The Kenya Electricity Generating Company will have to spend at least Sh170 billion annually over the next 17 years to meet the country’s projected power demand and to help in the attainment of Vision 2030.

According to KenGen’s outgoing managing director, Mr Eddy Njoroge, local demand for power is projected to hit

17,000 megawatts by 2030, when the country is expected to have transformed into a middle income society.

Of the total, about 1,000MW will be generated from geothermal sources, 5,000MW will come from hydropower while 4,500MW will be from coal and gas.

The country will import 2,200MW of hydropower and generate about 1,600MW from wind.

“To achieve the company’s expansion plan, significant funding is required at the lowest practicable cost and to get an optimum mix of internal and external financing,” said Mr Njoroge.

According to Mr Njoroge, Kengen’s biggest headache now is how to raise these funds.

In total, it is required to spend not less than Sh3.23 trillion over the next 17 years.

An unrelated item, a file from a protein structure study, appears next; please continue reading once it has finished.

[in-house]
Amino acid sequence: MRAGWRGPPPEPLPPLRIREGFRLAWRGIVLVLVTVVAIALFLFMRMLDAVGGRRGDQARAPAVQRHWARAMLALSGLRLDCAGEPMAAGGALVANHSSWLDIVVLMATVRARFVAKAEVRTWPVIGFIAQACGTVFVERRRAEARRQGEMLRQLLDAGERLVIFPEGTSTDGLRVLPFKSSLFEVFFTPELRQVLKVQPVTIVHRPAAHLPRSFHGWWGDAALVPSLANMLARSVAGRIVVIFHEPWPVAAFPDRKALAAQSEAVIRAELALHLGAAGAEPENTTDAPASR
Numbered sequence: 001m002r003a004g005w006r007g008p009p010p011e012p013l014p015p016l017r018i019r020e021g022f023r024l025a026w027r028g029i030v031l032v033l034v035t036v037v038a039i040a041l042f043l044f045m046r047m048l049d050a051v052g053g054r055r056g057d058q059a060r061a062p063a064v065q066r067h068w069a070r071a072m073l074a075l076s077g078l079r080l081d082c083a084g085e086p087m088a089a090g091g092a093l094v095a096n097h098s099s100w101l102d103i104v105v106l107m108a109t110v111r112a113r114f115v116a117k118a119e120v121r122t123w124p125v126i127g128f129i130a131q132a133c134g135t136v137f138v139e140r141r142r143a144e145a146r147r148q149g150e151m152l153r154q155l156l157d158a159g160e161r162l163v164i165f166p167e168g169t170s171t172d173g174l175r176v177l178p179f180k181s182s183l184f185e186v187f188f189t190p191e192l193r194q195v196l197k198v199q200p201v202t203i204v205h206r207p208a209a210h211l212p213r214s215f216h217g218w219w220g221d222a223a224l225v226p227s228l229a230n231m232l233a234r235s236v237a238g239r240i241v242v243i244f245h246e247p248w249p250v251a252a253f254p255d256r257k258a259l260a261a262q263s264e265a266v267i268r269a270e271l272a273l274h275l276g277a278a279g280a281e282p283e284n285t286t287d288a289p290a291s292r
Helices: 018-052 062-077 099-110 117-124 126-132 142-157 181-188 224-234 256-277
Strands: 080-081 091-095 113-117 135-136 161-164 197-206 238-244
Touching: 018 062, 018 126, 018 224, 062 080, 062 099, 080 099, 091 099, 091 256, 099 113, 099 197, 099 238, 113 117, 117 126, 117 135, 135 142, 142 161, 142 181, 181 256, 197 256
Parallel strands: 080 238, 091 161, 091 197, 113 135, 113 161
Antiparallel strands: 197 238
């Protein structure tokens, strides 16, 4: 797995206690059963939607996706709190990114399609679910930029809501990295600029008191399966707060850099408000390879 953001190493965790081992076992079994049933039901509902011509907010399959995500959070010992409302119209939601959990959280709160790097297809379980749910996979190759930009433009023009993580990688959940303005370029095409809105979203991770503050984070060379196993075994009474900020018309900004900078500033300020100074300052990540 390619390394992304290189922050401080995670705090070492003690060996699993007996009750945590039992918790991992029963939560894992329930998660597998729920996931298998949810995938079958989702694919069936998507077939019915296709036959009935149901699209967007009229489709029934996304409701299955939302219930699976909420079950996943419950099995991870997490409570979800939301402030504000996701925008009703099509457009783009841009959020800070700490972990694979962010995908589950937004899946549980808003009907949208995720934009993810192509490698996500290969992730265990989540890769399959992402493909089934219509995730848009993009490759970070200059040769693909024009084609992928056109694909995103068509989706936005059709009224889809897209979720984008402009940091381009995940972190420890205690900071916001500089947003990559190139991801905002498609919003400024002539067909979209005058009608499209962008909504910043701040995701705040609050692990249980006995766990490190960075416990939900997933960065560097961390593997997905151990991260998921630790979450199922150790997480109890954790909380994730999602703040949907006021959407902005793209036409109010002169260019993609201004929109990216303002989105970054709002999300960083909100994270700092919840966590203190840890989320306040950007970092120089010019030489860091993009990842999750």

The company has now announced plans to issue a Sh30 billion 20-year bond to finance additional energy production.

In November 2009, the power producer issued a 10-year public infrastructure bond (PIBO) to raise Sh25 billion.

Approve harmonisation

The company is now asking the current bond holders to approve the harmonisation of the Debt Service Coverage Ratio (DSCR) from 1.5 to 1.3, effective from year three till maturity date of October 31 2019, a proposal that some investors opposed.

According to analysts, this will allow the company to use the cash inflows available to pay debt instead of exhausting its earnings in financing its debt obligations.

The move is also expected to improve the power producer’s prospects in attracting investors.

Mr Njoroge ruled out the possibility of exploring nuclear energy in meeting the energy demand following the discovery of oil and gas in the country.

“We had thought of exploring the nuclear energy option, but that may not happen if we get enough oil and gas,” Mr Njoroge said.

Despite the fact that the country has over the years been increasing its power generation capacity, the cost of power remains high to the consumer.